KITTITAS COUNTY, Wash. — On May 8, Gov. Jay Inslee approved five counties to move into the next phase of his four-phase plan to reopen Washington state.
Phase 1 began May 5, and he said during a news conference that the state already had applications from several smaller counties to go to Phase 2.
Washington State Secretary of Health John Wiesman approved variances for Columbia, Garfield, Lincoln, Ferry and Pend Oreille counties.
Kittitas County was slated to be the sixth county, but officials there said a new case of COVID-19 detected after weeks of zero growth has put the plan on hold.
More information is expected on Monday regarding the status of that application. The county plans to provide daily updates on infection rates.
The governor explained that the variances would reveal if the planned phases are working.
"We started with the smaller counties because we want to have good experience with them to give us confidence to move out to additional counties," Inslee said.
"After three weeks of no positive cases, Kittitas County recently had a 16th confirmed case of COVID-19," Kasey Knutson said on May 8. Knutson is with the Kittitas County Public Health Department.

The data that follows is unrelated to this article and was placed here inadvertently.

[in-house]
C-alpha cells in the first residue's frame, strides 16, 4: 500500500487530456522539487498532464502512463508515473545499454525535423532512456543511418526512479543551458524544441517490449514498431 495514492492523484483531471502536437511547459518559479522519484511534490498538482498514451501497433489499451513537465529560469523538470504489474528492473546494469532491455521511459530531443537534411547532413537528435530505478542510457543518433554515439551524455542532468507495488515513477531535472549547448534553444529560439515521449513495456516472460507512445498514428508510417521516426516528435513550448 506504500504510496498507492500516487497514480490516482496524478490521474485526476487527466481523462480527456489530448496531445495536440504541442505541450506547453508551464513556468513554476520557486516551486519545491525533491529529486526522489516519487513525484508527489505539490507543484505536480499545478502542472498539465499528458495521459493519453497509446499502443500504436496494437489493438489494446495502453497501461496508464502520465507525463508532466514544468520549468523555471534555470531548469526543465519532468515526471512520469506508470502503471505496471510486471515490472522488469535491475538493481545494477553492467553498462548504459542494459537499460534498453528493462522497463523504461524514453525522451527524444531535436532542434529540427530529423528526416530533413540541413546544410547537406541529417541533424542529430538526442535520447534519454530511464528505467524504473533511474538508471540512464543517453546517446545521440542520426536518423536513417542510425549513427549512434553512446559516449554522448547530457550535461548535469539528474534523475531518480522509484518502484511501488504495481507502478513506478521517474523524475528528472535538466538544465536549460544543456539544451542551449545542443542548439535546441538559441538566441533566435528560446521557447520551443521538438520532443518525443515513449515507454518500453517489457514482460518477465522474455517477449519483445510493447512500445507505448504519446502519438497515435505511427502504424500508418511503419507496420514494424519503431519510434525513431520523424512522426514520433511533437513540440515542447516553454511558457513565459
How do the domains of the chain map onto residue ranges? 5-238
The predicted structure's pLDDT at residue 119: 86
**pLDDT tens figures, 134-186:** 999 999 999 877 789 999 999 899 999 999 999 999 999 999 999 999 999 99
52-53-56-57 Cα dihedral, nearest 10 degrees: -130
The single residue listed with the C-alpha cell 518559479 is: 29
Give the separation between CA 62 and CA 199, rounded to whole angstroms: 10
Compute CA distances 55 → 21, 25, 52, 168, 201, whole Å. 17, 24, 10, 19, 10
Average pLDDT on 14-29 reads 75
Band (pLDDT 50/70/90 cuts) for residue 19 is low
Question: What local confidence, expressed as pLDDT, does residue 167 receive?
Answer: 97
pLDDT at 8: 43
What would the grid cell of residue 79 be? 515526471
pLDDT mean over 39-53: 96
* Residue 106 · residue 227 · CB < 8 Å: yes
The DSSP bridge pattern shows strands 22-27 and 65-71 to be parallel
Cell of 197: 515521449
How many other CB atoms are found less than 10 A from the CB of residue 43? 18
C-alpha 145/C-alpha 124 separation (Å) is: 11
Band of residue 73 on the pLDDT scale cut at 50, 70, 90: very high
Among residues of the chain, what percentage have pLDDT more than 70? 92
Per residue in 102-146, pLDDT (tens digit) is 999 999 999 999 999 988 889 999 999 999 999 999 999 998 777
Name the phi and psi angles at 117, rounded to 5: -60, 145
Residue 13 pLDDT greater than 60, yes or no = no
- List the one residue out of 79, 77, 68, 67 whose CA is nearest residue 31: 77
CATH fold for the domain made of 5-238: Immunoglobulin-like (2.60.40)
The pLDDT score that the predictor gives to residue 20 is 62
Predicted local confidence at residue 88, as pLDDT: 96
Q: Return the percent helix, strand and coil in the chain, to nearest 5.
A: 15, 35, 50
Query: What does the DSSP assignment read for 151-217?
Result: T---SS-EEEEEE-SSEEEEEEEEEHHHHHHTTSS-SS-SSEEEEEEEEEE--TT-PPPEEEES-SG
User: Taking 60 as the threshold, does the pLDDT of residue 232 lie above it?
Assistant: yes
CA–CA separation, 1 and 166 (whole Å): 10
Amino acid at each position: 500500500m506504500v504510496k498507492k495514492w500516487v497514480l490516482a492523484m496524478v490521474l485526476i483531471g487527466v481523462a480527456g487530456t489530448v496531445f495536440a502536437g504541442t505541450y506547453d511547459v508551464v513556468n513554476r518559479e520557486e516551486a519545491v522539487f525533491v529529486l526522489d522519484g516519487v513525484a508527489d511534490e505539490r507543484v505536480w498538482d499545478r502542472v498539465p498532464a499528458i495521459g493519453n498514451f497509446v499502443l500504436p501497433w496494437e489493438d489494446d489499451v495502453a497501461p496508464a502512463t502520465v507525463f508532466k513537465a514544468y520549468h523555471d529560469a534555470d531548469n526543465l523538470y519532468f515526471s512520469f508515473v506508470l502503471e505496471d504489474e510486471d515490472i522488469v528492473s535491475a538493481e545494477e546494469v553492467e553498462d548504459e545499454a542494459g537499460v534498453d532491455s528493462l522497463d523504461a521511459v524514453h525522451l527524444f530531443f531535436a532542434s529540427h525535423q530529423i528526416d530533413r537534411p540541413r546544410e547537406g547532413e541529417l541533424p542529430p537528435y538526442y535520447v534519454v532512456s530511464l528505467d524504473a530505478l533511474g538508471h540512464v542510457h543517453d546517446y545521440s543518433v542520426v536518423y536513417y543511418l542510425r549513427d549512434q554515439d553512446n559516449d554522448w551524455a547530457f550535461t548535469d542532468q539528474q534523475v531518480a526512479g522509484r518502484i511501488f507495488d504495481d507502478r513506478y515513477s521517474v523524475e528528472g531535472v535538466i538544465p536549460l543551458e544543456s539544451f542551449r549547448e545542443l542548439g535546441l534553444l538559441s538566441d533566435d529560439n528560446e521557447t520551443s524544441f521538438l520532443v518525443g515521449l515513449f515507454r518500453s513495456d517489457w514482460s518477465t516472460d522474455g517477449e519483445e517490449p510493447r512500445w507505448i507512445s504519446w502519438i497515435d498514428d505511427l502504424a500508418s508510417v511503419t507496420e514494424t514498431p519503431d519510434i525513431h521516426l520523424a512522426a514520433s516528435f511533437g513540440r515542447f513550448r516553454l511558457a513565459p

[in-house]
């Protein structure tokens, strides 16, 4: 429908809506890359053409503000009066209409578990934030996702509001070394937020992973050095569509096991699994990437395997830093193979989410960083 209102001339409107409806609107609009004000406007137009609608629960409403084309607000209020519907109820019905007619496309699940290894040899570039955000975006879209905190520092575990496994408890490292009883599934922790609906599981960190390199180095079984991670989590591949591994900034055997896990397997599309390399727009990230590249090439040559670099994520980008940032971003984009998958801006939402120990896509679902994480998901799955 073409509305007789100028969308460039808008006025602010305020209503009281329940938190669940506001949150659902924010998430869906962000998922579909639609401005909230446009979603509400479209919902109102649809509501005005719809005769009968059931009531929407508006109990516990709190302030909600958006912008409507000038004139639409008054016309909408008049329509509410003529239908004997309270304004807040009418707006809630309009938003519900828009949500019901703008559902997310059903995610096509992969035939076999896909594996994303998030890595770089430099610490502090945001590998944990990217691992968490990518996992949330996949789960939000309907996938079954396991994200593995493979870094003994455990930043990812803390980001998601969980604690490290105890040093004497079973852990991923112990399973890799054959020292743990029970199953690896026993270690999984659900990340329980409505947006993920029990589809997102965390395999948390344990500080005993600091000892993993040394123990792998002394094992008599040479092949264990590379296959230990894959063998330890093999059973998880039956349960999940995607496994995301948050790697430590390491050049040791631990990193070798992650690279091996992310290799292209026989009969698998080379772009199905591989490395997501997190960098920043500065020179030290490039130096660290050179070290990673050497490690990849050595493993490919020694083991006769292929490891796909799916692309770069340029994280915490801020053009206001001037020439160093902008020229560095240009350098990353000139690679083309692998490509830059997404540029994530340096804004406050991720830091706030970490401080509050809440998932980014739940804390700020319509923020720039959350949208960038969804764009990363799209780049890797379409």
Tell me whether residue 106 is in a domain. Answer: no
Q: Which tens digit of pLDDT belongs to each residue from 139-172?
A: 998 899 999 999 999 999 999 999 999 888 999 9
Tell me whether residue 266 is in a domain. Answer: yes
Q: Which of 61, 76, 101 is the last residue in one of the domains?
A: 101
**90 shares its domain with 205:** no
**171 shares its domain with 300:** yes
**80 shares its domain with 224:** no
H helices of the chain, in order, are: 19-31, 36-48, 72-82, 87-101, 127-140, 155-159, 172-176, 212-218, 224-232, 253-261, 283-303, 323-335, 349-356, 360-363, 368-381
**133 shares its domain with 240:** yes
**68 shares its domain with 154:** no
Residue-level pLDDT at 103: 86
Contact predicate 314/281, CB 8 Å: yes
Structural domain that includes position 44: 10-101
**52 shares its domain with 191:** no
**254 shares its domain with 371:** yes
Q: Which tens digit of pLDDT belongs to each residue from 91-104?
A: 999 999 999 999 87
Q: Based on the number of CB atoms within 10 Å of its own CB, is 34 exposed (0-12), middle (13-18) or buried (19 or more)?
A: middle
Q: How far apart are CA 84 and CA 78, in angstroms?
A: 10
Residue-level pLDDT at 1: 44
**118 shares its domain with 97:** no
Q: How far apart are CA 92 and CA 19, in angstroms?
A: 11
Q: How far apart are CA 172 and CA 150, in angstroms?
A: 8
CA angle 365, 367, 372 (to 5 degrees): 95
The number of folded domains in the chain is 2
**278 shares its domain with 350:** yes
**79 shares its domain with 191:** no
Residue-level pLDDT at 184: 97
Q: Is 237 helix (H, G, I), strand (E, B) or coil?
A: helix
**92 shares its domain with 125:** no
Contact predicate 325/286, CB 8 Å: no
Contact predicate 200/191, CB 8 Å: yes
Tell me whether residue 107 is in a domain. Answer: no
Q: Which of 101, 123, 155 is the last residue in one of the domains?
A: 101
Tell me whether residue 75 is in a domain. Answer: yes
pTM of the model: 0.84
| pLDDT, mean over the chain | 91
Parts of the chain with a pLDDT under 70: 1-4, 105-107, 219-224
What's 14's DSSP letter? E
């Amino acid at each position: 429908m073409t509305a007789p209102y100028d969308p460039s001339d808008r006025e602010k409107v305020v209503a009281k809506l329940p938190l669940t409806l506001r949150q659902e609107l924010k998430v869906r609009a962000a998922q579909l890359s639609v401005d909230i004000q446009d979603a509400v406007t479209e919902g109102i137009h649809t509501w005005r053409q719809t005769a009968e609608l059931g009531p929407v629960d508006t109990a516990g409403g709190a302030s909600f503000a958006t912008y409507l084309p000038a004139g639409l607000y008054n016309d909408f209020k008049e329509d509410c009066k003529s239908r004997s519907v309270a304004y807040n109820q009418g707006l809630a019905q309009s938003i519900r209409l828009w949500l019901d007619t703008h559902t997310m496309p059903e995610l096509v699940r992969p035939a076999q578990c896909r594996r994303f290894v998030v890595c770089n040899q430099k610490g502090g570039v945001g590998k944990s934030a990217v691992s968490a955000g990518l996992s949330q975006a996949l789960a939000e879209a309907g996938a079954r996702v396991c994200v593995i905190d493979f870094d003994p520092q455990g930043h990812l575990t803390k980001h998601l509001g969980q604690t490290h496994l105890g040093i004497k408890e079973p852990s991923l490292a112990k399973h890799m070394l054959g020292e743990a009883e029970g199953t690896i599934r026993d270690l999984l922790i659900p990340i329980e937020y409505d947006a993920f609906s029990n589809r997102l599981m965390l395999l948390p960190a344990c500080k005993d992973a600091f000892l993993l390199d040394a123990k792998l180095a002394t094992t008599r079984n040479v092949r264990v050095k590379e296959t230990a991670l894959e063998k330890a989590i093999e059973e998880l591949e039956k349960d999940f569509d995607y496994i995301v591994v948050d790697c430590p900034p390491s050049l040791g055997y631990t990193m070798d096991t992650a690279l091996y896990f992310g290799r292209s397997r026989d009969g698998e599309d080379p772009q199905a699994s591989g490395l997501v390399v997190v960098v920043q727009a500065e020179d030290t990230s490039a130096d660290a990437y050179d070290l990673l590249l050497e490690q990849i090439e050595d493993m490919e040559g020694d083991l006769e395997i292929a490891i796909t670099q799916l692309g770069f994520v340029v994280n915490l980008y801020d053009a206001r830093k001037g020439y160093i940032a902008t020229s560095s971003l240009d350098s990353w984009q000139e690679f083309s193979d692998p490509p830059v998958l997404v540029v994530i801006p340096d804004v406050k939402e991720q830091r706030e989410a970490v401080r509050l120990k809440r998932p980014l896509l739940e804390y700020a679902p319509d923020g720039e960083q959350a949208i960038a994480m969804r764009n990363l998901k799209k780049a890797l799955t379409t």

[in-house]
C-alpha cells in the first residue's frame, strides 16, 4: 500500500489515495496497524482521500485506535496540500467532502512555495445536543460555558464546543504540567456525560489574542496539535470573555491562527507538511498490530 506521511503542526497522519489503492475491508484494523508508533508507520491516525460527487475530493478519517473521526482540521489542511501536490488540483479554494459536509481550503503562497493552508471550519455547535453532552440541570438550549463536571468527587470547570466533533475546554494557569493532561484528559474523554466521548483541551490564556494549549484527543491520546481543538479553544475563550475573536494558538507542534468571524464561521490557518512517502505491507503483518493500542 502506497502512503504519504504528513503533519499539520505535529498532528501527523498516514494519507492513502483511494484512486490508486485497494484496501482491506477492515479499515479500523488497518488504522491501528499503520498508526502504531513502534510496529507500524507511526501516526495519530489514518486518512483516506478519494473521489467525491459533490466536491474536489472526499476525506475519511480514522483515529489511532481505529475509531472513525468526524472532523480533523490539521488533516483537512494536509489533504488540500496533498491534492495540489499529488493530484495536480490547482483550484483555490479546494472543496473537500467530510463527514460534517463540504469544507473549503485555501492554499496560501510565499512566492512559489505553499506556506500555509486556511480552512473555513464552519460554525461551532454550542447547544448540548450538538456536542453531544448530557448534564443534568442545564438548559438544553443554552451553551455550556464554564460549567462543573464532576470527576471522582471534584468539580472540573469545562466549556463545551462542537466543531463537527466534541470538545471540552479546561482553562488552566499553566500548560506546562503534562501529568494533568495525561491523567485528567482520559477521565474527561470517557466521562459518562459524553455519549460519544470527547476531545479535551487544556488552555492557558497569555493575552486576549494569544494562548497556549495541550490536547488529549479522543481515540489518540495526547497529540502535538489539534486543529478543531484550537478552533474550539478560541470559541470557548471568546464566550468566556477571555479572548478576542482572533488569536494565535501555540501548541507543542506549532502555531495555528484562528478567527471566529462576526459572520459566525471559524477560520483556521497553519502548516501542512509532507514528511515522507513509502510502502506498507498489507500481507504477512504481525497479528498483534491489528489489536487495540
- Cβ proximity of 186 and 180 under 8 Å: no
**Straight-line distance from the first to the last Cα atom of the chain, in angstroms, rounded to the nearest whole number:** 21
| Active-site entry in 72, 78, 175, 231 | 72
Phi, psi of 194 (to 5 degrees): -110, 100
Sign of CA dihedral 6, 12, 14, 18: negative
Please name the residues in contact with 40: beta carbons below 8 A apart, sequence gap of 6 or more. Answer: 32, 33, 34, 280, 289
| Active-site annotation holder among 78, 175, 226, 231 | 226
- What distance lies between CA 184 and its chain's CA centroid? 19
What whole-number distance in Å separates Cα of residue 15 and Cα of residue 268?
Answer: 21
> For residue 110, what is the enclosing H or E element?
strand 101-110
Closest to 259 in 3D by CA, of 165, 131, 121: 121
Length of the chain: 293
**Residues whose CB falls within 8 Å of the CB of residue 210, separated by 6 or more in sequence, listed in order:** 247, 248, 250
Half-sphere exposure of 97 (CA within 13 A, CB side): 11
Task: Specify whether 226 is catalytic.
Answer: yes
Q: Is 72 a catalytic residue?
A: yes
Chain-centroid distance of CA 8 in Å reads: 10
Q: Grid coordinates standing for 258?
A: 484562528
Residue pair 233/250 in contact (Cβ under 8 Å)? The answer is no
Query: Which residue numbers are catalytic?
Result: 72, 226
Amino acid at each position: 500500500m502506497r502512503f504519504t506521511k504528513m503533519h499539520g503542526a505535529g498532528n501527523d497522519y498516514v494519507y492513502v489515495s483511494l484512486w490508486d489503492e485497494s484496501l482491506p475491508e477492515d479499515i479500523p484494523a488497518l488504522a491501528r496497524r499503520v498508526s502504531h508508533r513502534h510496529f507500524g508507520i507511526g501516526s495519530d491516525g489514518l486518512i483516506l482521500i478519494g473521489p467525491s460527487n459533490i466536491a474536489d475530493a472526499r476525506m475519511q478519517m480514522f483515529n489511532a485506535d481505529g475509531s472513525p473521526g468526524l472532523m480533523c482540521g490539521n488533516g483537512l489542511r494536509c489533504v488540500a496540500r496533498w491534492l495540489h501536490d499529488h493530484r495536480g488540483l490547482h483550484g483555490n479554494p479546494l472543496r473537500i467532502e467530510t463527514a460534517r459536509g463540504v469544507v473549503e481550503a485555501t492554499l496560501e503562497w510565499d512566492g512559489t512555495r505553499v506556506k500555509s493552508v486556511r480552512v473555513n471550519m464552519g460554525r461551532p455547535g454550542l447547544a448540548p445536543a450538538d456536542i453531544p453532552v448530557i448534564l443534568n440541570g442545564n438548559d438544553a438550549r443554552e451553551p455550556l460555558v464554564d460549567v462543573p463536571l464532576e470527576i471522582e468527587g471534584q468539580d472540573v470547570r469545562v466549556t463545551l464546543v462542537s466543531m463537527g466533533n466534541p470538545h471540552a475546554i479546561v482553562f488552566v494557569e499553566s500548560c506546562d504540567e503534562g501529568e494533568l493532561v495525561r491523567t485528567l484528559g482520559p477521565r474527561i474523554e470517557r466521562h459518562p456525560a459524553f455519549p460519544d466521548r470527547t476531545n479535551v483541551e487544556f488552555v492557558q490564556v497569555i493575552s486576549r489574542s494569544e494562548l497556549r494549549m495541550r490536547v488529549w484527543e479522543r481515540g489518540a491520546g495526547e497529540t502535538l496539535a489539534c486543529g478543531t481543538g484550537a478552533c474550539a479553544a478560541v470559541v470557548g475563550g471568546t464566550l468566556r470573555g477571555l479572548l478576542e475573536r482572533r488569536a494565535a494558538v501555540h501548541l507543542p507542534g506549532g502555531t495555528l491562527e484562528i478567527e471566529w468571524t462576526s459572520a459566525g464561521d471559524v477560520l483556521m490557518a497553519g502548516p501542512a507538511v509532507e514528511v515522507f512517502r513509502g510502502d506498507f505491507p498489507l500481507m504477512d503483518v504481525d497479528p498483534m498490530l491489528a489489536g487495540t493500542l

The patient, currently in stable condition, works at Twin City Foods, Inc. Health officials are working closely with the business, which employs more than 200 people, according to Knutson.
Testing of all employees was organized the same day as the governor's press conference. "The corporation had a quality safety plan in place, immediately closed the facility upon notification of exposure, and has prioritized the health and safety of employees," officials said.
The Kittitas Count Incident Management Team reported May 10 that the mass testing revealed 34 additional COVID-19 cases, which is more than 20% of Twin City Foods' workforce.
Because of the cluster, officials said Twin City Foods would close for an additional 10 days as IMT works to make sure people can safely self-isolate at home.
“Our application for variance outlined exactly how we would respond to a situation like this, so that’s what we’re doing today,” said Tristen Lamb, the county’s public health director. “We have the opportunity to show the state that our community and our public health system can respond immediately to identify, isolate, and suppress a COVID-19 outbreak in our county. This only makes our application stronger.”
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